Inconsistency large part of Texas’ trouble

Garrett Callahan

Football is a 60-minute game, but Texas has yet to fill the span this season.

After the Longhorns first 1-2 start since 1998, the team is preaching inconsistency as the root of their issues. 

Texas exhibited erratic play in its blowout of New Mexico State the first week of the season, and it’s only gotten worse. 

“What I want us to do is put 60 minutes together,” co-offensive coordinator Major Applewhite said. “We haven’t done that. We put halves together, drives together, but we haven’t played 60 minutes together and been explosive for 60 minutes.”

The 2013 Longhorns hyped the season up with BCS potential, but they’ve managed to be more bipolar than successful thus far.

It took Texas more than 27 minutes to score against New Mexico State, but it produced 56 points over the next 33 minutes.

Against BYU, Jekyll and Hyde showed their faces once again. Texas had spurts when it was able to move down the field, but it didn’t produce consistently. The Longhorns started the game with three drives, which failed to gain more than nine yards, but, their fourth drive resulted in 63 yards of movement.

In the second quarter against the Cougars, Texas started with a three-minute, 76-yard drive, which ended with a Johnathan Gray touchdown. But the Longhorns couldn’t keep the momentum as their next drive ended after losing five yards.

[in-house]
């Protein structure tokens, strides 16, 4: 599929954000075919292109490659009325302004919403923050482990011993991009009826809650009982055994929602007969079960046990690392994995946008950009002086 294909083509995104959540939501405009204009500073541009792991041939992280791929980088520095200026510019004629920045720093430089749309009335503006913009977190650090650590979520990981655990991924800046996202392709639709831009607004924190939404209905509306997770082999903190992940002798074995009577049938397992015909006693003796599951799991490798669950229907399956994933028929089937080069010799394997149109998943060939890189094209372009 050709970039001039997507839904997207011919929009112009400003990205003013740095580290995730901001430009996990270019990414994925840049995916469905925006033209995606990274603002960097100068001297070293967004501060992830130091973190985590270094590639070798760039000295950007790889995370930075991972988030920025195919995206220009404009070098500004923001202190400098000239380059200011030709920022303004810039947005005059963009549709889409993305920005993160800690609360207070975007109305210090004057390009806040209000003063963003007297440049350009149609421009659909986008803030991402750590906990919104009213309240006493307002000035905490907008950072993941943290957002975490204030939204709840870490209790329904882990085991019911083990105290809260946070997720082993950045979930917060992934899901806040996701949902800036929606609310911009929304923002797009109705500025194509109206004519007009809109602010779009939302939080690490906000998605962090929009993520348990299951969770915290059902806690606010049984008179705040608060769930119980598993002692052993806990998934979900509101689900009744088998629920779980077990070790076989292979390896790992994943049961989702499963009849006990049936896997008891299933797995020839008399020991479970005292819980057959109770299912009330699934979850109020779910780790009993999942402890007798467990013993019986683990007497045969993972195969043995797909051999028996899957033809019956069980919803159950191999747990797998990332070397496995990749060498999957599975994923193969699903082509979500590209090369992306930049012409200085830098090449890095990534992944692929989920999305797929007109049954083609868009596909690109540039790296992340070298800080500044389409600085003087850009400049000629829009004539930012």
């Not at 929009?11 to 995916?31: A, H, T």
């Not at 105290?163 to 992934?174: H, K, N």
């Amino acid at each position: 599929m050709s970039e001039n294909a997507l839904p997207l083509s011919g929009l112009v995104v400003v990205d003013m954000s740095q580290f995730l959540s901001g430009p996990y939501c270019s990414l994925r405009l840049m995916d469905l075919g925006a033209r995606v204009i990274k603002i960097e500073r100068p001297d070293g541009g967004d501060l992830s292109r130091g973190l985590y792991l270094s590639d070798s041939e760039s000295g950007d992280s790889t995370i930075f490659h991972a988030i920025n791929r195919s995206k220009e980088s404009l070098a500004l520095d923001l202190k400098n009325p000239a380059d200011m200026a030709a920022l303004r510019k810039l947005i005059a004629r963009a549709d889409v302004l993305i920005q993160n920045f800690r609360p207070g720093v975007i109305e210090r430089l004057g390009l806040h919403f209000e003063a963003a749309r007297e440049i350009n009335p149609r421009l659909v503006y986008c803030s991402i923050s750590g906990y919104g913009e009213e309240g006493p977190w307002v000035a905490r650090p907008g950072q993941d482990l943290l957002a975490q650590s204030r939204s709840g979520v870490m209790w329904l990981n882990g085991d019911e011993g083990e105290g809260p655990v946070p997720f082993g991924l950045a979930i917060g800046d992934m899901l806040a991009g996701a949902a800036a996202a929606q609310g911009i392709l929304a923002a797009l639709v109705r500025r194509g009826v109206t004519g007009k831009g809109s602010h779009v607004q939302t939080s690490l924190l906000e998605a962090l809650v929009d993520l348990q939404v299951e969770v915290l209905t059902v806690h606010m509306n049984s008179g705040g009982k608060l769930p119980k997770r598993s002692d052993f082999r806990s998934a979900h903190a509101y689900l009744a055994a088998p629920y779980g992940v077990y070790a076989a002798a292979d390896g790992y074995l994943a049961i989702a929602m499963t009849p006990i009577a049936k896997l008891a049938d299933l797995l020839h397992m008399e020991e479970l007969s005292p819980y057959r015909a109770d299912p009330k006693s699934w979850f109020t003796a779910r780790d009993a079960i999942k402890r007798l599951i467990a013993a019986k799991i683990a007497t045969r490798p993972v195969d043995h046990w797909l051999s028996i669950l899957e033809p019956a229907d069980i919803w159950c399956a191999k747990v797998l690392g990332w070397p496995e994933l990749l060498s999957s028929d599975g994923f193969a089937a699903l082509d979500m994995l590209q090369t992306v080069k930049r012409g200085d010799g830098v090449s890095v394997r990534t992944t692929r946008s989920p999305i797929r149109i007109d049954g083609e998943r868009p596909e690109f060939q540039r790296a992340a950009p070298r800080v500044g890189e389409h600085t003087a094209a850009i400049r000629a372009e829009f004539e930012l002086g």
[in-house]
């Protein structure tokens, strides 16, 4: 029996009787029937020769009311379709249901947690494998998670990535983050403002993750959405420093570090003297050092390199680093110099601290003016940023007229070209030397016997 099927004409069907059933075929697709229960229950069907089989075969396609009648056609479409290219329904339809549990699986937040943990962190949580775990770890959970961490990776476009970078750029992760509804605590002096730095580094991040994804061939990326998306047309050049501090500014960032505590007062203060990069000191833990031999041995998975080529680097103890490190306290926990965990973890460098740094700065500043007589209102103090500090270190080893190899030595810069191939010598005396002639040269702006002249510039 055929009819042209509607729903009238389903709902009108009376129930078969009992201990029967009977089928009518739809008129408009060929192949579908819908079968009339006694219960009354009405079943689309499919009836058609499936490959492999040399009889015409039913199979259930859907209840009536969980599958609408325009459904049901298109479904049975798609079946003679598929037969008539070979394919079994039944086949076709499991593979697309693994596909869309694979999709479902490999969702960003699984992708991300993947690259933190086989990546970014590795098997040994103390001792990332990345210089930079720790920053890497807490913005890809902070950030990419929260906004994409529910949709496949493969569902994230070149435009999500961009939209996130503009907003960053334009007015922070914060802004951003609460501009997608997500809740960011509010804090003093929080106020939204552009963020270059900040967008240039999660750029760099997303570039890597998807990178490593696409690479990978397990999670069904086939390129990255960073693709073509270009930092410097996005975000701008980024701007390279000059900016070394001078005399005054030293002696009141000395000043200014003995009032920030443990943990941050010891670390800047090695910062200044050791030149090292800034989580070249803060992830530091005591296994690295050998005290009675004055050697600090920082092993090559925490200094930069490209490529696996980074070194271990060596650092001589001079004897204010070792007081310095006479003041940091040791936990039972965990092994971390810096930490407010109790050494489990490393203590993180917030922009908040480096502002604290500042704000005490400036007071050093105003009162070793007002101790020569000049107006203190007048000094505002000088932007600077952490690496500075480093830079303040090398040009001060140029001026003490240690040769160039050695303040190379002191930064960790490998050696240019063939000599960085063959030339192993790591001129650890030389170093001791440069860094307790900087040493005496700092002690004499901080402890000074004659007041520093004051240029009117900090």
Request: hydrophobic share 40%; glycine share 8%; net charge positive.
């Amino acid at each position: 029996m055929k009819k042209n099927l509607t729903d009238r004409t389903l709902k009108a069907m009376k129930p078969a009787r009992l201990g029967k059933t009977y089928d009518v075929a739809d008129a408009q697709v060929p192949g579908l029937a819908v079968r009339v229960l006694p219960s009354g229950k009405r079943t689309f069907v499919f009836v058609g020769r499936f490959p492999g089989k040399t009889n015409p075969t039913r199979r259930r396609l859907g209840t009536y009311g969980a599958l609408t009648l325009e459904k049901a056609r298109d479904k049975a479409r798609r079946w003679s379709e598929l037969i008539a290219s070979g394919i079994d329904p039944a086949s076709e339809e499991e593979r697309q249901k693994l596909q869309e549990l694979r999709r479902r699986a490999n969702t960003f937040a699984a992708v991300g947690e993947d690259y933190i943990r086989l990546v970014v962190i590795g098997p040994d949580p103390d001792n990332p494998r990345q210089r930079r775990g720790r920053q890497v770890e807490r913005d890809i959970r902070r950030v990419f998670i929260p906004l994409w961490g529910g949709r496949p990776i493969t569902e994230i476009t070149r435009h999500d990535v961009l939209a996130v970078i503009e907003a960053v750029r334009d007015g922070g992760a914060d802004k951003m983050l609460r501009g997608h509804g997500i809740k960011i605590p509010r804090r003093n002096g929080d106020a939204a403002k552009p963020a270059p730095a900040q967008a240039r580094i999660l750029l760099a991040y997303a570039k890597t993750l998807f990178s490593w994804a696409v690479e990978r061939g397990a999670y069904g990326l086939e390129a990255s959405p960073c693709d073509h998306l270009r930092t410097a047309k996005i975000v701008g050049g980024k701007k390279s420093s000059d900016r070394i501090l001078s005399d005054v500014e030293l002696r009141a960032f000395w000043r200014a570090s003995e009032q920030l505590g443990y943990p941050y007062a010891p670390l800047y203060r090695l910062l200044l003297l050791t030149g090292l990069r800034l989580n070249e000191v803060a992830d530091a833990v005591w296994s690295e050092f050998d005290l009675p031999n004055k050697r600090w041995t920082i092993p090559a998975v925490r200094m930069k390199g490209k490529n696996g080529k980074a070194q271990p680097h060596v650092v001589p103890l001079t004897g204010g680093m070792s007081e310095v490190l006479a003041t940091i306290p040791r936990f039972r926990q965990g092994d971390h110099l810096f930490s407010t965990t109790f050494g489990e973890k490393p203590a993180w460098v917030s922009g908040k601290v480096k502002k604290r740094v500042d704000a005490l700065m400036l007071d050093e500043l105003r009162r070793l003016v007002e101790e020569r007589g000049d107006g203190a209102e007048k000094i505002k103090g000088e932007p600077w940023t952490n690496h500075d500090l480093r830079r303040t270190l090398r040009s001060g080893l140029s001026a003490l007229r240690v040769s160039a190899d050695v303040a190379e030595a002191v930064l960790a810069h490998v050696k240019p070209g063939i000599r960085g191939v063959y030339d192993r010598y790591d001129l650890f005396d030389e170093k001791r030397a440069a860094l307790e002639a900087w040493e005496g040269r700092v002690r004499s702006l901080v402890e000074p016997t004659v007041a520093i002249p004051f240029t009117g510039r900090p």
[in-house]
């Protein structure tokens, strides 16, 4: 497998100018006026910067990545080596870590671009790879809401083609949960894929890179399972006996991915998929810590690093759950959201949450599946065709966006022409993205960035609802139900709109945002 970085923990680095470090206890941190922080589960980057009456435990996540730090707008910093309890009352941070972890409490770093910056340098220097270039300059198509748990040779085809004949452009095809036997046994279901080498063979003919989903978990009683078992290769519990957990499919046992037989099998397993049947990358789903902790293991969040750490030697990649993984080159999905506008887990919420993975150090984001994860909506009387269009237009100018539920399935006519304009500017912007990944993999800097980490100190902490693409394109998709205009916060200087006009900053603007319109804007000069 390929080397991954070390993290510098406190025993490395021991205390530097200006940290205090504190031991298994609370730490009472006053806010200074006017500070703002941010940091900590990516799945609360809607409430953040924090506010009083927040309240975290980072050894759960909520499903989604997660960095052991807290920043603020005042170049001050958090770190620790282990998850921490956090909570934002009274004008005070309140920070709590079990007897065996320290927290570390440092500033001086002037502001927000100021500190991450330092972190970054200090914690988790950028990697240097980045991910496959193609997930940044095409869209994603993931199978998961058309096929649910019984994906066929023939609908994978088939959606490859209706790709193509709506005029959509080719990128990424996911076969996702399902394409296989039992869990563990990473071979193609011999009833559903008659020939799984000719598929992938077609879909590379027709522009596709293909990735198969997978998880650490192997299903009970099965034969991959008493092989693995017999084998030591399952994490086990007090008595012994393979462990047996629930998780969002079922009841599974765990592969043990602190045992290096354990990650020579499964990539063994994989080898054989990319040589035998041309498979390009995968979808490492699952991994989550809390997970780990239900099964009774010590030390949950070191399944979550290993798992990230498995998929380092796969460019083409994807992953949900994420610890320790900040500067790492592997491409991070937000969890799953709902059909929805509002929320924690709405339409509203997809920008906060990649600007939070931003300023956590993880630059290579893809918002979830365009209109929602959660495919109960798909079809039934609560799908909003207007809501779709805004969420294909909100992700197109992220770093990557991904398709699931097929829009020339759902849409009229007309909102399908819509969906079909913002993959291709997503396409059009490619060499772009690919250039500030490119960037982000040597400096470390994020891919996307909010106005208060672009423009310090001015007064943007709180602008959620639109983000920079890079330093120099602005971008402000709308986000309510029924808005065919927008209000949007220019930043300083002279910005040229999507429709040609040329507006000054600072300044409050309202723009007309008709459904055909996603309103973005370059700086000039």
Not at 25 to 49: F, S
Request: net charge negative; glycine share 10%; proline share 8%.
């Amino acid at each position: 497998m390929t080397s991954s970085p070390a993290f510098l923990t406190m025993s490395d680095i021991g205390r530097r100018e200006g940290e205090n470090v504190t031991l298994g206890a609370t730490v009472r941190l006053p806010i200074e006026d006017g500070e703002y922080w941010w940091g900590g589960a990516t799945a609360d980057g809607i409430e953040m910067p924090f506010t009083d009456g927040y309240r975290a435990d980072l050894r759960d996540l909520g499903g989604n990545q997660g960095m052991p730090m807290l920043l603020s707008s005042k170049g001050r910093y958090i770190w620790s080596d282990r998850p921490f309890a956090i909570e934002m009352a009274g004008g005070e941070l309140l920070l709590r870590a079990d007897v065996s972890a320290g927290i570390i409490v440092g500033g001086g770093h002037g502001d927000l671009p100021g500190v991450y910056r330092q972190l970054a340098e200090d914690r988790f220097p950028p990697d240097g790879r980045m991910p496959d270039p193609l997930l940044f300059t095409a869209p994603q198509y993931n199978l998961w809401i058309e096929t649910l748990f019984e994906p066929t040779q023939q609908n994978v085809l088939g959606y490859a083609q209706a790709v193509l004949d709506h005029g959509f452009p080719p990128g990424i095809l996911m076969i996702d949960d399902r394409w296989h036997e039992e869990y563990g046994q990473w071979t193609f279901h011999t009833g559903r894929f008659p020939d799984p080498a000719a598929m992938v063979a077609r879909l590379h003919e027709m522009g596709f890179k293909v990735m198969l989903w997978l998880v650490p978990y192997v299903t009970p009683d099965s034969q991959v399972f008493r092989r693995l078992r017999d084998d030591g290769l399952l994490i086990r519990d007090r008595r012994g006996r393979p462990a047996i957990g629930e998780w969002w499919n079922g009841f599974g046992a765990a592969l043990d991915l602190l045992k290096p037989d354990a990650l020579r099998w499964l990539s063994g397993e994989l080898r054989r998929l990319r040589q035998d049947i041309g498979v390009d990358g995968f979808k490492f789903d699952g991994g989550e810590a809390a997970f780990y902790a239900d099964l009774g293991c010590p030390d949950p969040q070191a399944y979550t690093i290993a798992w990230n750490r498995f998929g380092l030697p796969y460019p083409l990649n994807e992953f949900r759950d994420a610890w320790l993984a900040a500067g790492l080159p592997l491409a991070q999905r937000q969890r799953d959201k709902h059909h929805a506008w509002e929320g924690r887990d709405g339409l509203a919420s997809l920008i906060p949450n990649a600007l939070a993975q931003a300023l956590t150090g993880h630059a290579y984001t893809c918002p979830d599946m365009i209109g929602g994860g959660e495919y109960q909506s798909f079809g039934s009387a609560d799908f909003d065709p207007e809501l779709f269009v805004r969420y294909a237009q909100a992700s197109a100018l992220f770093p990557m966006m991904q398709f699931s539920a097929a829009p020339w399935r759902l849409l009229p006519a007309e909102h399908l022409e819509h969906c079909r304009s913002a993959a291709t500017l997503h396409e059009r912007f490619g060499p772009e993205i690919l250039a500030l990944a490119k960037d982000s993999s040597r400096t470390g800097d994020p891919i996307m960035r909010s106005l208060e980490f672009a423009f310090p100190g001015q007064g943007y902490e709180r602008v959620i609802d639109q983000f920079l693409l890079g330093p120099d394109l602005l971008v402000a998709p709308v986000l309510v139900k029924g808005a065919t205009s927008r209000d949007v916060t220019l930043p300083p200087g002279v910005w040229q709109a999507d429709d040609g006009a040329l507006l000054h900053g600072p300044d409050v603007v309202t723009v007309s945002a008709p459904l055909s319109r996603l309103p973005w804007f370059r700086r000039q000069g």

Last Saturday, with a coaching change and a supposedly revamped defense, the Longhorns couldn’t produce more dependability on offense to compensate. Texas gave up 14 points to the Rebels over their first two drives but showed enough resiliency to fight back and score the next 23 points. Once again though, the team couldn’t keep up it’s momentum, and failed to score in the second half.

The lack of consistency baffles even head coach Mack Brown.

“You have three great drives against BYU, it looks easy,” Brown said. “All of a sudden it’s like you go to sleep for a while.  All of a sudden, same thing the other night, second quarter, we’re running up and down the field. Things are great, we’re scoring every time we get it. They’re tired in the third quarter. Why do we just stop?”

For the Longhorns, execution is the stated cure for this consistency.  

“I think there are times when we have a play and formation and we need to execute,” Applewhite said. “When you go back and look at a loss, it’s usually the same thing. Execution here, better answer there for us.”

Applewhite added that a large part of consistency is responding to adversity and that personality plays a large role in that as well.

“Down 14-0 to start the game and we respond with 23 points. Then they catch up, go up 24-23 the second half, where is our response there?” Applewhite asked. “That’s what we challenged ourselves as players and coaches. The moment that horse pulls up alongside of you, you accelerate again. That’s what we’ve got to do in those situations.”